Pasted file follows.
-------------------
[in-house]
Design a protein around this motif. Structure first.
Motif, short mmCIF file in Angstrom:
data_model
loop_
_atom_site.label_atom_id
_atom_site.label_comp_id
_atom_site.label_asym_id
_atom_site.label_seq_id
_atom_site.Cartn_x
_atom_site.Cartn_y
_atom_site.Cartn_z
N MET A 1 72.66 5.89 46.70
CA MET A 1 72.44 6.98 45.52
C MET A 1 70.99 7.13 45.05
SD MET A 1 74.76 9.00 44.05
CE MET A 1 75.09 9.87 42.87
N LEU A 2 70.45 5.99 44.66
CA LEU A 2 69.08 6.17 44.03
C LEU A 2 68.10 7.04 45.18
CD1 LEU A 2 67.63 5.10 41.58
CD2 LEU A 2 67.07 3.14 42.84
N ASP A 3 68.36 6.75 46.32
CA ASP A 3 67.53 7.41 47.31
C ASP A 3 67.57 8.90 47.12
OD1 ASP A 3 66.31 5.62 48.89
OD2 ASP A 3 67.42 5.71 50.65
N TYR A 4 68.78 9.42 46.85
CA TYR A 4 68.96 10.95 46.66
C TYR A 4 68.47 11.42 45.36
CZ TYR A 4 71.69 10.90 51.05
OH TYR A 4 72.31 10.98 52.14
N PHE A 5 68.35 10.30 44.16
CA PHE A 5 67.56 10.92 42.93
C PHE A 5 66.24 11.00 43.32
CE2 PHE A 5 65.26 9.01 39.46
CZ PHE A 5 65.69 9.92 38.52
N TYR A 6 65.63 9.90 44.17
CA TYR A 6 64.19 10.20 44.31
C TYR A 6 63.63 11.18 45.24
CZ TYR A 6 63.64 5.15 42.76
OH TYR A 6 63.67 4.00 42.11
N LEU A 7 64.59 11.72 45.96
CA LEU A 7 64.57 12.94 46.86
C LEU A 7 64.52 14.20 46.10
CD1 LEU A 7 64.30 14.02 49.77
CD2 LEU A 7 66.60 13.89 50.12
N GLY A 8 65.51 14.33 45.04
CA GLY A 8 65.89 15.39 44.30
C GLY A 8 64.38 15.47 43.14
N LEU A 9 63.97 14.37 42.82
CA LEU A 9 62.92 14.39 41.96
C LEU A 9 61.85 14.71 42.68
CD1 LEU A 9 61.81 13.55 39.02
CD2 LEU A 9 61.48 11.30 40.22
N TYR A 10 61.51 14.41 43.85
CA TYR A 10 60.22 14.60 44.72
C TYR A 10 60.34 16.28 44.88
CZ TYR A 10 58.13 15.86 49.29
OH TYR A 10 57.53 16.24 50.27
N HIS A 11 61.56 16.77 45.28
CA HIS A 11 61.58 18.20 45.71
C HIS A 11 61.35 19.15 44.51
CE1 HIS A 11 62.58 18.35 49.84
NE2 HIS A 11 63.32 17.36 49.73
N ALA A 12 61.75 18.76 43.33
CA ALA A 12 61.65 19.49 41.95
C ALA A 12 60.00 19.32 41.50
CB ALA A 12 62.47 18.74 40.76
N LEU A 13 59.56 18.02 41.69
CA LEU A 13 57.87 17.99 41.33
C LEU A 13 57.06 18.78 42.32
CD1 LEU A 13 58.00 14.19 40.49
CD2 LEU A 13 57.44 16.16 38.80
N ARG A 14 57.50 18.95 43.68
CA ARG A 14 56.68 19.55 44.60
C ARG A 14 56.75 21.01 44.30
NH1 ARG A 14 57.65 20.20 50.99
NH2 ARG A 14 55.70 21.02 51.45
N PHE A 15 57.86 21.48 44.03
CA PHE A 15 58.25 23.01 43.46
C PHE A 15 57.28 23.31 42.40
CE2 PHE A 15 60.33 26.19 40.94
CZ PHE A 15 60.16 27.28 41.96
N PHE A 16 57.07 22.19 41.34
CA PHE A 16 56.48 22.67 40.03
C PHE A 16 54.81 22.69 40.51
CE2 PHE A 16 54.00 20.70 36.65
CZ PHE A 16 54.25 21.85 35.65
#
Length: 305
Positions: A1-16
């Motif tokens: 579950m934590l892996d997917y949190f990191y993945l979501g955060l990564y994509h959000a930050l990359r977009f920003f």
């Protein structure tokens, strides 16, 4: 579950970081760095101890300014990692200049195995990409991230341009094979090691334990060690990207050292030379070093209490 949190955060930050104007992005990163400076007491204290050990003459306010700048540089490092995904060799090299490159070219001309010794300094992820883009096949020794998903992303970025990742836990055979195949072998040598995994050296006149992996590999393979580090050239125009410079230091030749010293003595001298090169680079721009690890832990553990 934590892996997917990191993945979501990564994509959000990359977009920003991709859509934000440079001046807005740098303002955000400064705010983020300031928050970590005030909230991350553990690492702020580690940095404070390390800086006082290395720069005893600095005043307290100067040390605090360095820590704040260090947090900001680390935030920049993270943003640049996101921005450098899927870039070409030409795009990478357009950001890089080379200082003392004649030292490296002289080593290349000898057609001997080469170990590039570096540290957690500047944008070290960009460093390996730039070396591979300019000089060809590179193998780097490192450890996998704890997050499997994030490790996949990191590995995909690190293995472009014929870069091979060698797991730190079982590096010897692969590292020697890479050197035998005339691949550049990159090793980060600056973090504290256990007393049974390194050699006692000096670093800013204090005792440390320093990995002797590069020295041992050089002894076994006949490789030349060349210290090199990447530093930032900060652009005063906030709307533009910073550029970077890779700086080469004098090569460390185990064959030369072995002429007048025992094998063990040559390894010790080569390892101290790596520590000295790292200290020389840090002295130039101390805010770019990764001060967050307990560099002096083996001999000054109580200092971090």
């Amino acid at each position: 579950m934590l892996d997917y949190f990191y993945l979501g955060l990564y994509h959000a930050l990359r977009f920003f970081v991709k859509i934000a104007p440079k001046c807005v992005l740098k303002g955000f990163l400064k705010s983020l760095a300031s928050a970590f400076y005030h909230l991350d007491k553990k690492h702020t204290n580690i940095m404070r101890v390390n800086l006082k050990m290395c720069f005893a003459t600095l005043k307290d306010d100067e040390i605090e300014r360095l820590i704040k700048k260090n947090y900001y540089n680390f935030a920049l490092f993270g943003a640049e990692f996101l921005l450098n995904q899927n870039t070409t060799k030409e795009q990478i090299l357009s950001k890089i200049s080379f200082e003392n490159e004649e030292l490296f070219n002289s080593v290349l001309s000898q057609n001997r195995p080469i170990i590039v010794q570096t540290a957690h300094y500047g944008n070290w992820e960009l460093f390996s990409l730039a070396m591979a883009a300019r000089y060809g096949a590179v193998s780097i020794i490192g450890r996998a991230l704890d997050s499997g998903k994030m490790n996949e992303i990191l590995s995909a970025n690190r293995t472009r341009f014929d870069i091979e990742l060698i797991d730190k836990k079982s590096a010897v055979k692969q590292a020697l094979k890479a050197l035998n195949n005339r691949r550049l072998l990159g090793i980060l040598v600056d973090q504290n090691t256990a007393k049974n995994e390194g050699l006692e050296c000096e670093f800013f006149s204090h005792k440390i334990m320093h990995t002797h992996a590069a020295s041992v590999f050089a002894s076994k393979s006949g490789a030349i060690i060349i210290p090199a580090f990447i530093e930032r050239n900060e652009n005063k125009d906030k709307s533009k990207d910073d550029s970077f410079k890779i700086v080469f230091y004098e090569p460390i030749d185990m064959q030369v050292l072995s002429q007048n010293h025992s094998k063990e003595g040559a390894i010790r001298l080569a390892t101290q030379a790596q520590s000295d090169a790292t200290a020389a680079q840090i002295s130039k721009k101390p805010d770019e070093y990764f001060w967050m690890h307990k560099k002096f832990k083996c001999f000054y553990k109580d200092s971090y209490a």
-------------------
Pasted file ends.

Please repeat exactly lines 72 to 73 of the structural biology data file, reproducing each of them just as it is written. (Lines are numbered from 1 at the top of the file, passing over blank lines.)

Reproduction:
C LEU A 13 57.06 18.78 42.32
CD1 LEU A 13 58.00 14.19 40.49